38. The apparatus of claim 37, wherein the speech segments comprise one phonemes, syllables, and words.

39. The apparatus of claim 35, wherein the selected paralinguistic variation comprises a variation in a overall speaking rate of the synthesized acoustic sequence.

40. The apparatus of claim 39, wherein the prosodic features representative of the received text signal comprise a relative duration of each of the speech segments of the synthesized acoustic sequence, and wherein the application of the variation in the overall speaking rate of the synthesized acoustic sequence, does not alter the relative durations.

41. The apparatus of claim 40, wherein the speech segments comprise one of phonemes, syllables, and words.

42. The apparatus of claim 35, wherein the selection of the at least one of the plurality of paralinguistic variations is random.

43. The apparatus of claim 35, wherein the selection of the at least one of the plurality of paralinguistic variations is correlated with the prior to the acoustic sequence to reflect a gradual change in the sound of the synthesized acoustic sequence.

44. The apparatus of claim 35, wherein a degree of the selected paralinguistic variation is altered before each application.

45. The apparatus of claim 44, wherein the alteration of the degree of the selected paralinguistic variation is random.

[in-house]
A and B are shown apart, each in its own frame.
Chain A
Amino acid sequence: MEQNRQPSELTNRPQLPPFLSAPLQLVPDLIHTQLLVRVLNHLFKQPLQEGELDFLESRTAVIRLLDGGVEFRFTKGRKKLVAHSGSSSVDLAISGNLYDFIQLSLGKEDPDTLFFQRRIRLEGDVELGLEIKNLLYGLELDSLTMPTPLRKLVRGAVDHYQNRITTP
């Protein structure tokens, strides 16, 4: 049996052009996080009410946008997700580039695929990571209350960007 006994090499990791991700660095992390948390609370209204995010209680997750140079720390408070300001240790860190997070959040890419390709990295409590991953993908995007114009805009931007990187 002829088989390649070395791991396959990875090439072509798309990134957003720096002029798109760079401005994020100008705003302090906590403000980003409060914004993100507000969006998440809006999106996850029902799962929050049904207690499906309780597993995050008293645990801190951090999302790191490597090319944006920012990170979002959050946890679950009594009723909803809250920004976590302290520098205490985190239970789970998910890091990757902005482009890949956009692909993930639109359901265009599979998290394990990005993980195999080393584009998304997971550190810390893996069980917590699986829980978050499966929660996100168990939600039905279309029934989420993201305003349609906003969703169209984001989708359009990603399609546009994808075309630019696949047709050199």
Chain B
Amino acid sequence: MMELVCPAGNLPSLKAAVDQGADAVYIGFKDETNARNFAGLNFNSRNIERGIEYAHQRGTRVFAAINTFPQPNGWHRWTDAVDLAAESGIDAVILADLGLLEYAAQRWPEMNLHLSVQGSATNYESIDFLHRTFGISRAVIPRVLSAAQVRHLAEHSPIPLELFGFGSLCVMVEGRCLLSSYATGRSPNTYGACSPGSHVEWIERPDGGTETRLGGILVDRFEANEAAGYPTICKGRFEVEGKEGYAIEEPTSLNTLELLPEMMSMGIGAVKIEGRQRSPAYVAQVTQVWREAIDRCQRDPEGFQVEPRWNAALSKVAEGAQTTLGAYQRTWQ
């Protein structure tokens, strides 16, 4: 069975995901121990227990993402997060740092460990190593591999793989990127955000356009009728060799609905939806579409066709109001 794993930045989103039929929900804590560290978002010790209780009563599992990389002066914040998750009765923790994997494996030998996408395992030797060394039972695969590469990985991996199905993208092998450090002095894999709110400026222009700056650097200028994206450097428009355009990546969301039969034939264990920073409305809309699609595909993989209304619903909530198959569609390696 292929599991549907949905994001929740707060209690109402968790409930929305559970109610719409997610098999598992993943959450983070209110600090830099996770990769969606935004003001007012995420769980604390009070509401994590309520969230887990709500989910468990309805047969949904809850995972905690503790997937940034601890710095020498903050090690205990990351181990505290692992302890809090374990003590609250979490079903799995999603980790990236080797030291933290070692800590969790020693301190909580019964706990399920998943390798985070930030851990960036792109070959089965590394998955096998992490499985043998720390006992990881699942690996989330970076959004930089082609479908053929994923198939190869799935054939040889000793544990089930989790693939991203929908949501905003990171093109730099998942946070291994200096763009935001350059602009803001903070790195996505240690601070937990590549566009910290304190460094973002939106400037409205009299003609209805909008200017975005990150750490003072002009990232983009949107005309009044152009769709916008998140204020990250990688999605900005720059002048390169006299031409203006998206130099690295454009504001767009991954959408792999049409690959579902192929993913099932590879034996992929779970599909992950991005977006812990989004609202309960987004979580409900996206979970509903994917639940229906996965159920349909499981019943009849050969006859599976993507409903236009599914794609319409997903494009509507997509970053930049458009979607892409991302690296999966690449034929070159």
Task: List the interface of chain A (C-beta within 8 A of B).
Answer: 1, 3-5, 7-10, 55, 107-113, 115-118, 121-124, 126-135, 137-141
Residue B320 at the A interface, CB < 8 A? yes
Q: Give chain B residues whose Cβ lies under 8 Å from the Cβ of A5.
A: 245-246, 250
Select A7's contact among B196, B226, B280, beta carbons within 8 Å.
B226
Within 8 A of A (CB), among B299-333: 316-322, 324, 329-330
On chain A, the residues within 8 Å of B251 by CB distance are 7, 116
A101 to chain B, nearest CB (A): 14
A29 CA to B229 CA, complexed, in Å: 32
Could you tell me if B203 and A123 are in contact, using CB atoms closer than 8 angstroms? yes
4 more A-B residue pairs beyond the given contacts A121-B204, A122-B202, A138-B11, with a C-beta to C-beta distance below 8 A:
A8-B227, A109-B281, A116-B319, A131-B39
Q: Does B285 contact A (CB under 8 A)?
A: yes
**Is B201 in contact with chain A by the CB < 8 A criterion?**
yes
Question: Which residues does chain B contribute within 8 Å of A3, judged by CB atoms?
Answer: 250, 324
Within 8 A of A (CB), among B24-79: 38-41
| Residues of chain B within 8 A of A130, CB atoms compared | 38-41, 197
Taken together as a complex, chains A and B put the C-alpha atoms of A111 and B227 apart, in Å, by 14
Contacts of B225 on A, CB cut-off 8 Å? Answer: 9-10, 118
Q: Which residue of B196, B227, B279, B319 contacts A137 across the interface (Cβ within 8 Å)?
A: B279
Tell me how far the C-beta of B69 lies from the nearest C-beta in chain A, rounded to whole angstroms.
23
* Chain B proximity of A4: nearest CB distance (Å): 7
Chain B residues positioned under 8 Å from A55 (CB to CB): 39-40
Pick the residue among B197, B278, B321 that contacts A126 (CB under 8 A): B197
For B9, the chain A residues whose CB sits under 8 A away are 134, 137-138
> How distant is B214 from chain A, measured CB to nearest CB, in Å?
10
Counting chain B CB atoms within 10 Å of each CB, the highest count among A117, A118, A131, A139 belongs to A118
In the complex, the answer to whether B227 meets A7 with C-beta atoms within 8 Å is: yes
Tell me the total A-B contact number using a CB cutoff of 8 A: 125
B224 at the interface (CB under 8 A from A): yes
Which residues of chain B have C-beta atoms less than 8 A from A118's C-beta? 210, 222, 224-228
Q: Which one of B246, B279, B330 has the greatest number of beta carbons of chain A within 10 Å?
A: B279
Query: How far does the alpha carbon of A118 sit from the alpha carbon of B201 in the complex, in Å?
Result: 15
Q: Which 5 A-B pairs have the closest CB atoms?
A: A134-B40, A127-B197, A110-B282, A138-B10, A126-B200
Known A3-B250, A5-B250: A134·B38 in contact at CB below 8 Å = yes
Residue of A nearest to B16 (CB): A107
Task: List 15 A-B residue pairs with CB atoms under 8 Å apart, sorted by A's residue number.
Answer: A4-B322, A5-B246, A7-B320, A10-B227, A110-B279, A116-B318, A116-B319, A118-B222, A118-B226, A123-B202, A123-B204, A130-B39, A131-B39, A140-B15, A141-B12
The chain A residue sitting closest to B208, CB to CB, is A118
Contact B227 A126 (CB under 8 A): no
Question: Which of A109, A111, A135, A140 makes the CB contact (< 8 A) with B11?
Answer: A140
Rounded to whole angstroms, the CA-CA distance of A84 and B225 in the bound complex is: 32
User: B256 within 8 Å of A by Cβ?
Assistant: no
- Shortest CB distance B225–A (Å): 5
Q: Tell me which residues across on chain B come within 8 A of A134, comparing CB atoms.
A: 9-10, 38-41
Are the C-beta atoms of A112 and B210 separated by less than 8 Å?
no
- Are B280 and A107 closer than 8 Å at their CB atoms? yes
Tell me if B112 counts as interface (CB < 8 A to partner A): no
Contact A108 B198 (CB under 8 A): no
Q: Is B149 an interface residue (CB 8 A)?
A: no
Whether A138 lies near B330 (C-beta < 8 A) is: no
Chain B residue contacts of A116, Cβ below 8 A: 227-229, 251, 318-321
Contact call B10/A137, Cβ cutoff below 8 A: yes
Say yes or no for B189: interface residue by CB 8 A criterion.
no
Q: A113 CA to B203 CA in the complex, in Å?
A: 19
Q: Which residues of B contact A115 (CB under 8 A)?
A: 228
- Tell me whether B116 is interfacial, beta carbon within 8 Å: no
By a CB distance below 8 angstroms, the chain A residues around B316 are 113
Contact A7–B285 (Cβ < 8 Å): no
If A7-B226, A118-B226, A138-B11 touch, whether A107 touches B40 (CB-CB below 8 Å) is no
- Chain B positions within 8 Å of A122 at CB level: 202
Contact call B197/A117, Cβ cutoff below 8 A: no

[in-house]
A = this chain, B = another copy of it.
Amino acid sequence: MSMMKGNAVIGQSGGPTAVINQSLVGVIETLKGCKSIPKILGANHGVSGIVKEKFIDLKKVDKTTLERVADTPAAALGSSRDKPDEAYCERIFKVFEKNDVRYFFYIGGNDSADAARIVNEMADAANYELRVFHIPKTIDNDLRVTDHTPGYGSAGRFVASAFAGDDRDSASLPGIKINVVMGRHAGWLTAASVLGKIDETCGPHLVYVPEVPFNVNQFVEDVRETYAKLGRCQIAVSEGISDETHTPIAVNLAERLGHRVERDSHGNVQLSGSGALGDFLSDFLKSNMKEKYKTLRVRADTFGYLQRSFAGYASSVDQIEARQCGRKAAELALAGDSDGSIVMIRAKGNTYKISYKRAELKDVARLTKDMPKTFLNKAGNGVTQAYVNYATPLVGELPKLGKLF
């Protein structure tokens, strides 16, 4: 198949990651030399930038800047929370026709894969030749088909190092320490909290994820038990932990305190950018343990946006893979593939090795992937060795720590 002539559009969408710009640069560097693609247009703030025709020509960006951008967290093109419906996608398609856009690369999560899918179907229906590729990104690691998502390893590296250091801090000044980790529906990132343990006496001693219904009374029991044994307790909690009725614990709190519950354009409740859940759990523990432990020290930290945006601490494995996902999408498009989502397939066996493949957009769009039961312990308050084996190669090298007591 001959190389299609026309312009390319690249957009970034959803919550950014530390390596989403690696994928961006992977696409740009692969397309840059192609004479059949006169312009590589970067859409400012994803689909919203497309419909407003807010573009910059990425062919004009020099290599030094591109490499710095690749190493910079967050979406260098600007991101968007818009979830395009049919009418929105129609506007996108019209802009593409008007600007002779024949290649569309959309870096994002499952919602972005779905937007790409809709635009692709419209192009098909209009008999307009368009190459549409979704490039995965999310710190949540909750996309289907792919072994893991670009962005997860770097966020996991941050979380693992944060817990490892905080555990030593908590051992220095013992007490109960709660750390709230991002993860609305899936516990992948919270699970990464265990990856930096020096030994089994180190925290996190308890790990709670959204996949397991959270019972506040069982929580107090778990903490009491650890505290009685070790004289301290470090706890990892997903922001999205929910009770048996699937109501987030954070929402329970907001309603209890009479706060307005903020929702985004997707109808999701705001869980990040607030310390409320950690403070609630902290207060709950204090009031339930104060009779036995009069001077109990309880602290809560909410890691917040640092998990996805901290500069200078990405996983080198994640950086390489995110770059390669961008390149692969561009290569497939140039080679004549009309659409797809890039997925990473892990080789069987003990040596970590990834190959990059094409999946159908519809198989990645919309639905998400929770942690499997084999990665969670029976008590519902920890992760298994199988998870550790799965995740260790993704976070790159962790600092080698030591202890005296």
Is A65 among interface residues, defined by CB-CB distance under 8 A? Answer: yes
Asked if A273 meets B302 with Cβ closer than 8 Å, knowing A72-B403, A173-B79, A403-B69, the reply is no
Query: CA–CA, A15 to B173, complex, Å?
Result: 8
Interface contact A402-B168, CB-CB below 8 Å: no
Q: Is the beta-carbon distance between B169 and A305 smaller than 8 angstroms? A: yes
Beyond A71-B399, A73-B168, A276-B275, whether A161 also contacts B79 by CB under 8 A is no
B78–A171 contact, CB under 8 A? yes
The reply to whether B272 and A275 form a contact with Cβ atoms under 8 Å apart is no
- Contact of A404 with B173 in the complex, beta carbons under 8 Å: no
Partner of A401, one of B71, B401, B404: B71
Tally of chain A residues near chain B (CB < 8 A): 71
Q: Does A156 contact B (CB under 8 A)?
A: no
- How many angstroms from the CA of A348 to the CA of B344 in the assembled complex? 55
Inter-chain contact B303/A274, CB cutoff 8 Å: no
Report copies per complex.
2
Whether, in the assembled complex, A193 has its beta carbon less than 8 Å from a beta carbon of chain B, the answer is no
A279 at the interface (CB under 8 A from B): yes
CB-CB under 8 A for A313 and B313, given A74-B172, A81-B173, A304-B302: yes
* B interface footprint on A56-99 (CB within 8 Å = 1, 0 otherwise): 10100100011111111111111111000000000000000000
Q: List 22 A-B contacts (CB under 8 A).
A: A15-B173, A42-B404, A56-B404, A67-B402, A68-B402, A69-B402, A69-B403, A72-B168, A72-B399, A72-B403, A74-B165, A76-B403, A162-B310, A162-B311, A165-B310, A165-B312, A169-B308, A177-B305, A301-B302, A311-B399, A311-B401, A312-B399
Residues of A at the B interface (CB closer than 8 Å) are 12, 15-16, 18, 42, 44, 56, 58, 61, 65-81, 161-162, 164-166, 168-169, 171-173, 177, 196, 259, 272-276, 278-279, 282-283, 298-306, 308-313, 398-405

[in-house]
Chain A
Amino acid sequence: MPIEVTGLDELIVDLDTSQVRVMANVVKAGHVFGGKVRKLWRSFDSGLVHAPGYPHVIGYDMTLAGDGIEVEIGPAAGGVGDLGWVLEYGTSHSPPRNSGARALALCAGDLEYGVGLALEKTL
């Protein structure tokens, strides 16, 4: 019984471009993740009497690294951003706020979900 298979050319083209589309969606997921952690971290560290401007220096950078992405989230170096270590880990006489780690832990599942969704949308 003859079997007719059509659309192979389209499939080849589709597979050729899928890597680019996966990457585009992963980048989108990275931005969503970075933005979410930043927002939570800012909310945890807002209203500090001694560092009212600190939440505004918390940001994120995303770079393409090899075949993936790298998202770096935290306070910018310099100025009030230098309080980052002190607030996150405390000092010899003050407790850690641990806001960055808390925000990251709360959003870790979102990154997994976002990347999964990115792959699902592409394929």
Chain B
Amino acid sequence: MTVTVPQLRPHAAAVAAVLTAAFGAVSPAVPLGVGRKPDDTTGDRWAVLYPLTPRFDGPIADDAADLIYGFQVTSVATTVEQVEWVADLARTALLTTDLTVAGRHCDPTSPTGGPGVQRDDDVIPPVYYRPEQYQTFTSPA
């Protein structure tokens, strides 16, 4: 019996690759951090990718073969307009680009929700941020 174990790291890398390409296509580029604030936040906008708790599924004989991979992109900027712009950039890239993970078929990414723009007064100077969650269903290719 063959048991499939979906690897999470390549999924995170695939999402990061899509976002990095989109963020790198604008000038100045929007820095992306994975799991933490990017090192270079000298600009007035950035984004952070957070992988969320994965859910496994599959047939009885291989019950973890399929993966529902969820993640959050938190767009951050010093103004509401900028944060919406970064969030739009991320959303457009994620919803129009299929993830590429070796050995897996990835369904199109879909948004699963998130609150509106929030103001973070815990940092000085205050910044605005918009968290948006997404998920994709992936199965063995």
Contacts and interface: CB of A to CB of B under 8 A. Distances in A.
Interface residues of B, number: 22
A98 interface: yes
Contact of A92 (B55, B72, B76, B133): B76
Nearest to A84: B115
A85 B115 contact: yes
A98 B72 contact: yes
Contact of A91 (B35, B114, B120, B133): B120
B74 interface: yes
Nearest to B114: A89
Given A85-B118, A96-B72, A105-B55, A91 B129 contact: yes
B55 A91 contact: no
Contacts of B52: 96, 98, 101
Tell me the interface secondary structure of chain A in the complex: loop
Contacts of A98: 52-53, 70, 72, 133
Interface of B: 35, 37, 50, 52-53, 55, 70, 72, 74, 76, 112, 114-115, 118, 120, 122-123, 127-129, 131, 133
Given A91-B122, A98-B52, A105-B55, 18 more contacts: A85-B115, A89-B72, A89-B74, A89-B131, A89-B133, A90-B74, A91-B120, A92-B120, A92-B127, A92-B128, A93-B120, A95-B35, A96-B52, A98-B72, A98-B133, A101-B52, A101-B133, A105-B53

46. The apparatus of claim 44, wherein the alteration of the degree of the selected paralinguistic variation is correlated with the prior paralinguistic variation to reflect a gradual change in the sound of the synthesized acoustic sequence.

47. The apparatus of claim 35, wherein the circuit comprises a processing device.

48. A speech synthesis process implemented in a machine comprising: generating an acoustic speech output representing a synthesized speech in response to an input text, wherein the acoustic speech output comprises one or more of a plurality of prosodic features representative of the linguistic meaning of the input text; and varying the generated acoustic speech output without altering the plurality of prosodic features that include relative pitch values of speech segments in the generated acoustic sequence, wherein varying the generated acoustic speech output comprises determining a prior paralinguistic variation that has been previously applied to the acoustic sequence; selecting at least one current paralinguistic variation from a plurality of paralinguistic variations based on the prior paralinguistic variation; and applying the selected current paralinguistic variation which includes a mathematical transformation to the generated acoustic speech output overall, wherein the mathematical transformation does not alter the plurality of prosodic features representative of the linguistic meaning of the input text.

49. The process of claim 48, wherein the selected paralinguistic variation comprises a variation in an overall pitch range of the generated speech output.

50. The process of claim 49, wherein the prosodic features representative of the input text comprise a relative pitch value of each of the speech segments of the generated speech output, and wherein the application of the variation in the overall pitch range of the generated speech output does not alter the relative pitch values.

51. The process of claim 48, wherein the selected paralinguistic variation comprises a variation in a overall speaking rate of the generated speech output.